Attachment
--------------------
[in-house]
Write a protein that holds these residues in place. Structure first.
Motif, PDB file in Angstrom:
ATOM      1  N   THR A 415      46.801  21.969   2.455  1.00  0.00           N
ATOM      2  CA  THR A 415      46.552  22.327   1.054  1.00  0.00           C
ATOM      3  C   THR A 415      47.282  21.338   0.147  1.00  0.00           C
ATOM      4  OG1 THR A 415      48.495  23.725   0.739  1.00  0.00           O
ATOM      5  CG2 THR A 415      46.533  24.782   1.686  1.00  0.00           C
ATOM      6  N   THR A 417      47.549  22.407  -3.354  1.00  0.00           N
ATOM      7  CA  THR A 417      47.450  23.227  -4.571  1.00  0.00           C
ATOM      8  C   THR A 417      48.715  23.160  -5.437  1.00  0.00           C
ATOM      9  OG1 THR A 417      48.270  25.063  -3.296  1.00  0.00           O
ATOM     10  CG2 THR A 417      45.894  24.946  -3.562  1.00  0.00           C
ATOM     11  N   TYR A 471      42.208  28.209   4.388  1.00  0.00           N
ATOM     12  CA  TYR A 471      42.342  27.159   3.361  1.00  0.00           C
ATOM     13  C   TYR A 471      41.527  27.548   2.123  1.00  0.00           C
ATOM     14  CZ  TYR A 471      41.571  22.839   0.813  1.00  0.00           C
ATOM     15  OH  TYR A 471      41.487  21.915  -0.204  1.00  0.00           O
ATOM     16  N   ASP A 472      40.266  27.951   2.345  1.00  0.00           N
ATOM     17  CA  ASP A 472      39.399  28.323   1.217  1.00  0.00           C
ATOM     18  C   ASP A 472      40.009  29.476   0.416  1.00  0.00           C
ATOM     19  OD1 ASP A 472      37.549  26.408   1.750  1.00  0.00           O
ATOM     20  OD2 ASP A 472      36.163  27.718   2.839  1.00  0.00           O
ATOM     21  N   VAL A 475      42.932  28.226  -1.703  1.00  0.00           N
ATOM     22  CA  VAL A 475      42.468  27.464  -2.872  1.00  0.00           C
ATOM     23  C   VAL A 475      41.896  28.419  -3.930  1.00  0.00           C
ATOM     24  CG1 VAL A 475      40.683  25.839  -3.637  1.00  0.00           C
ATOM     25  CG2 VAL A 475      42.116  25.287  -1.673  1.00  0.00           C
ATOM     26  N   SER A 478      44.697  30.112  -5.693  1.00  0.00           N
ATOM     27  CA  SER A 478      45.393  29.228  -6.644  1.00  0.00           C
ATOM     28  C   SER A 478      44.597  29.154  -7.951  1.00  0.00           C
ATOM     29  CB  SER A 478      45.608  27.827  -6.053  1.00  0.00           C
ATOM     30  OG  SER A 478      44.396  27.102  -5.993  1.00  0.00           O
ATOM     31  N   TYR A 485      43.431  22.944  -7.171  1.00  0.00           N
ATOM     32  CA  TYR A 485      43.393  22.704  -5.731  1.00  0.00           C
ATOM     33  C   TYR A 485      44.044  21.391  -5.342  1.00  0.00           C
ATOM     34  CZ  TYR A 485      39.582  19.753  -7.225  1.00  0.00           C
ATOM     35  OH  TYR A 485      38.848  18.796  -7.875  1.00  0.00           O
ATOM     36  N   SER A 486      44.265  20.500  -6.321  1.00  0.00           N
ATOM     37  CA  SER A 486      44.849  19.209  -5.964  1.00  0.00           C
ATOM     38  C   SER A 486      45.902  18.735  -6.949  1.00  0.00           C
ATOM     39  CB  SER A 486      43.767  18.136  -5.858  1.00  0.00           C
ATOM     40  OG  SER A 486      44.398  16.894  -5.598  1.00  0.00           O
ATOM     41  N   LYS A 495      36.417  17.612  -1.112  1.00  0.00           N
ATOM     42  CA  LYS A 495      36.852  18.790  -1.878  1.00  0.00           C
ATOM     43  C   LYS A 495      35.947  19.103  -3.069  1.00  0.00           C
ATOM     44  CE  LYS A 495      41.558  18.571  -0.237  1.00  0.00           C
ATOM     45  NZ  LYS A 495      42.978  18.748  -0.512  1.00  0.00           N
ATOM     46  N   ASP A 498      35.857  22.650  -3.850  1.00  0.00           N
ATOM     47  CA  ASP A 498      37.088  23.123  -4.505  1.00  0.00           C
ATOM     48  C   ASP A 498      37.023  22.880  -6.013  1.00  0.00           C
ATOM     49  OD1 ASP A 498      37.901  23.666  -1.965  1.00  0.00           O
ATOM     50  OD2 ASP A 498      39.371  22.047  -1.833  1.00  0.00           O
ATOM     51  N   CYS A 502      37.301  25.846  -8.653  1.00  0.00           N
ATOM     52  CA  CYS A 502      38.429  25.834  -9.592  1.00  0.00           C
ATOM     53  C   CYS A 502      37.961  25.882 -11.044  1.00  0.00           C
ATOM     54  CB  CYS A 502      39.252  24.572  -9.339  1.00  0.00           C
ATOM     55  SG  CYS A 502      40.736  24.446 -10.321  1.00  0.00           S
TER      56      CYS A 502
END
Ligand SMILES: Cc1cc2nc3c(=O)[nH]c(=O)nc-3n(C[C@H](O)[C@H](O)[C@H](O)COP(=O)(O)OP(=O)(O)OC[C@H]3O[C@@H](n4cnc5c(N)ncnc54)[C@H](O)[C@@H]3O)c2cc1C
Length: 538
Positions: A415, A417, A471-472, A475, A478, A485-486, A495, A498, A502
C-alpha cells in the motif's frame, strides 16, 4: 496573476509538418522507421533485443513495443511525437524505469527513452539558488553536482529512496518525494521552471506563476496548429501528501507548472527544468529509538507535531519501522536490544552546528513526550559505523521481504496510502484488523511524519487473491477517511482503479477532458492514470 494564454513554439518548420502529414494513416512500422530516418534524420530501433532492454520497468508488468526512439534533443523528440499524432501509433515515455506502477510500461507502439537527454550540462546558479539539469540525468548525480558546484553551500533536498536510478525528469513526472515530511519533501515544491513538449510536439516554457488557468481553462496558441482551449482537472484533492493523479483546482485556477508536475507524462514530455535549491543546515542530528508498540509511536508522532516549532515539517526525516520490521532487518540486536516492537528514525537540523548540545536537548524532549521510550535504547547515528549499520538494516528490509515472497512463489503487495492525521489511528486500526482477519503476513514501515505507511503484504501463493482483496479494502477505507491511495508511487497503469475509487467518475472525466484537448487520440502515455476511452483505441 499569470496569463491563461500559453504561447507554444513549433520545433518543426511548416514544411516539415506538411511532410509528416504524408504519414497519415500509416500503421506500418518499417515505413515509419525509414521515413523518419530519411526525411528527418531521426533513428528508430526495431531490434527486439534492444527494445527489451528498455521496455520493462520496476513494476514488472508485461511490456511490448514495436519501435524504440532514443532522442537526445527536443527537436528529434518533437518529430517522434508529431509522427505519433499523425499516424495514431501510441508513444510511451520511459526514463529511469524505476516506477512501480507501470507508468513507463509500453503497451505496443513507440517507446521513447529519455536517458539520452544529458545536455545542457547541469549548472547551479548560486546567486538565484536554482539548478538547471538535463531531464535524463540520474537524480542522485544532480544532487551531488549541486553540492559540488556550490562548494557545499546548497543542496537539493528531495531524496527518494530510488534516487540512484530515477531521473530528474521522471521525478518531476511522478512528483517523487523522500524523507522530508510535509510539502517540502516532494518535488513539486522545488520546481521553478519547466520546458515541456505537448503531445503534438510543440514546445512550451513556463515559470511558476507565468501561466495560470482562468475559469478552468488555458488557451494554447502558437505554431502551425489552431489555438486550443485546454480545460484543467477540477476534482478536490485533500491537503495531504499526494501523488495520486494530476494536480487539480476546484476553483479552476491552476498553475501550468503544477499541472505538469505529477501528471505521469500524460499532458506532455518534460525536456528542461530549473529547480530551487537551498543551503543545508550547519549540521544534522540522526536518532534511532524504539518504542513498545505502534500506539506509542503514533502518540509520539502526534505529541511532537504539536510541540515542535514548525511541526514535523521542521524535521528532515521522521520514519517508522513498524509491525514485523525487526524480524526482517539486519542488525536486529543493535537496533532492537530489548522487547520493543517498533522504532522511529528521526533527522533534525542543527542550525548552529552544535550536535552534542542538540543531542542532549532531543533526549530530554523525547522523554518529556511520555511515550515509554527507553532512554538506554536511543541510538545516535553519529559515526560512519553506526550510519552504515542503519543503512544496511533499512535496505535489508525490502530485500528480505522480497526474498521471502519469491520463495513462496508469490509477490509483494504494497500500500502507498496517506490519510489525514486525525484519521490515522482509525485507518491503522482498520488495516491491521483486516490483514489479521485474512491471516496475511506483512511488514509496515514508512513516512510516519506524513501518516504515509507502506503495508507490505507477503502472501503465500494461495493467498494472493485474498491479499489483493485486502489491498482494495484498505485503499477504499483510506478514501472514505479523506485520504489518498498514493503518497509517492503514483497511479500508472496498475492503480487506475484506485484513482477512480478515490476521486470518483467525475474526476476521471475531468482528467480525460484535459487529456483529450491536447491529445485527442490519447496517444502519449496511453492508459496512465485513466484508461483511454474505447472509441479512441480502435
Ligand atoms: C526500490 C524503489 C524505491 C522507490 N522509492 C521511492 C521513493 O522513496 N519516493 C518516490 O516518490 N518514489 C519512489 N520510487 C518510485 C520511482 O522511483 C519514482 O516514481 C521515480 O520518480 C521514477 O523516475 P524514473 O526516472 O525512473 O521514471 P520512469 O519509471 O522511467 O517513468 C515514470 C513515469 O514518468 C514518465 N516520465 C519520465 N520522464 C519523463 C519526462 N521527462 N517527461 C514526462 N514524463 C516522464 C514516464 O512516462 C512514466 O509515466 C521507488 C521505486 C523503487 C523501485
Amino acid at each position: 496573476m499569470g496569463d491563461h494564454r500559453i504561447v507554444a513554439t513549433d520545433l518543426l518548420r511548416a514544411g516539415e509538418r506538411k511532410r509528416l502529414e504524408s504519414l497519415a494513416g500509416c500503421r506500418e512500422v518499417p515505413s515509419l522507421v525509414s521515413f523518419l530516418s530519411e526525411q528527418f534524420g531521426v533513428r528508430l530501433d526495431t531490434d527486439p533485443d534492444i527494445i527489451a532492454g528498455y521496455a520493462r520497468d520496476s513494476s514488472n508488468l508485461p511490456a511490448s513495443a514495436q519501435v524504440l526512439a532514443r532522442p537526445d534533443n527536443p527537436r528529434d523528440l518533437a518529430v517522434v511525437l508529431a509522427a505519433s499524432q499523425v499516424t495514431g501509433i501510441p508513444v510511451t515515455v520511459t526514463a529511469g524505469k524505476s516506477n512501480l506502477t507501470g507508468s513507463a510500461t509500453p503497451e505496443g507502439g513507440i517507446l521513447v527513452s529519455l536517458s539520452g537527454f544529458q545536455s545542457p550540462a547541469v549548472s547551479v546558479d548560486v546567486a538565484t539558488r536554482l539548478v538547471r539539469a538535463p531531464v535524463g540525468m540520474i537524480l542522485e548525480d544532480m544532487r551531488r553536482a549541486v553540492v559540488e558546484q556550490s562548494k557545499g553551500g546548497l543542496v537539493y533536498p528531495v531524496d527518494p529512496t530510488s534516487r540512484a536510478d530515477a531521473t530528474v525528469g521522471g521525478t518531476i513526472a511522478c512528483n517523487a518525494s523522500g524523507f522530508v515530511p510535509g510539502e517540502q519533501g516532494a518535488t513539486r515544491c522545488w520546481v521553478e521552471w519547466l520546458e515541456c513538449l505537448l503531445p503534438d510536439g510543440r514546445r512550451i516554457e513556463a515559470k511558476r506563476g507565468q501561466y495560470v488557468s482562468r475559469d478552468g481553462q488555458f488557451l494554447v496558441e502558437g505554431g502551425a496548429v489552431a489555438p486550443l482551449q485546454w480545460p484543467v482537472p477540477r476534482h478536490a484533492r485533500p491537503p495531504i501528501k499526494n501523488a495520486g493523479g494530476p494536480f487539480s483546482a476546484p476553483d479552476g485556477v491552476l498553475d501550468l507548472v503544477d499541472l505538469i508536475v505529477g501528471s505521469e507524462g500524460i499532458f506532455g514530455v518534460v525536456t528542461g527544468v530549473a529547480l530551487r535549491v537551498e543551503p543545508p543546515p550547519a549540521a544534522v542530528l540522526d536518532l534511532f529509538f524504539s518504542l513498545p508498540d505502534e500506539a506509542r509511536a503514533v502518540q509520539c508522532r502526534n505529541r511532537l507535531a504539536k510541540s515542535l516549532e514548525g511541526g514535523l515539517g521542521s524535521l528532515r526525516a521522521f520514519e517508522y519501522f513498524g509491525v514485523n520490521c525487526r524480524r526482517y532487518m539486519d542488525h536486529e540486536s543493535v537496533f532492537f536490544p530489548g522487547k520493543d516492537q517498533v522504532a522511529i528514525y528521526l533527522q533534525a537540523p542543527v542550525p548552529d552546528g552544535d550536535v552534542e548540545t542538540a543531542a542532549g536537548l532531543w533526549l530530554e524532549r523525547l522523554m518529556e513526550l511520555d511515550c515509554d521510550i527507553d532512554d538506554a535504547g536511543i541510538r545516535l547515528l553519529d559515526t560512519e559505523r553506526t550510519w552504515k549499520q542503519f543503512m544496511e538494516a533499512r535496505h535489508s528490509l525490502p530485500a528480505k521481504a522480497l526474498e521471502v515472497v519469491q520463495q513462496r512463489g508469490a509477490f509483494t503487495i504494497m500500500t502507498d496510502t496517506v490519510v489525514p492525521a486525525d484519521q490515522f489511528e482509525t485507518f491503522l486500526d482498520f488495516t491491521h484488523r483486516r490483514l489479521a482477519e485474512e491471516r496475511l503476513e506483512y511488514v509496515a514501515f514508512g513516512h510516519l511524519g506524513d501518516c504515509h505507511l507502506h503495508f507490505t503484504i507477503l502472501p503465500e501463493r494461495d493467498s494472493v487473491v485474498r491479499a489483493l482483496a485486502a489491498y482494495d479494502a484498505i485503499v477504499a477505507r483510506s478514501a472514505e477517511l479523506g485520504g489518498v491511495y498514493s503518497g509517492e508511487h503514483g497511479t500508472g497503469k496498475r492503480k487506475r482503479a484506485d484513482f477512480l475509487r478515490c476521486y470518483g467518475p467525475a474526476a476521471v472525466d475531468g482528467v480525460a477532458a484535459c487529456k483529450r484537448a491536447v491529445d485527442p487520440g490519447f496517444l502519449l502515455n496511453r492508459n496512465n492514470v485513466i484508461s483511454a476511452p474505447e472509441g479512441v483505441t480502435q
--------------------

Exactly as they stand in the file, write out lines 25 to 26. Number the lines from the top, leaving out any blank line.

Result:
ATOM     22  CA  VAL A 475      42.468  27.464  -2.872  1.00  0.00           C
ATOM     23  C   VAL A 475      41.896  28.419  -3.930  1.00  0.00           C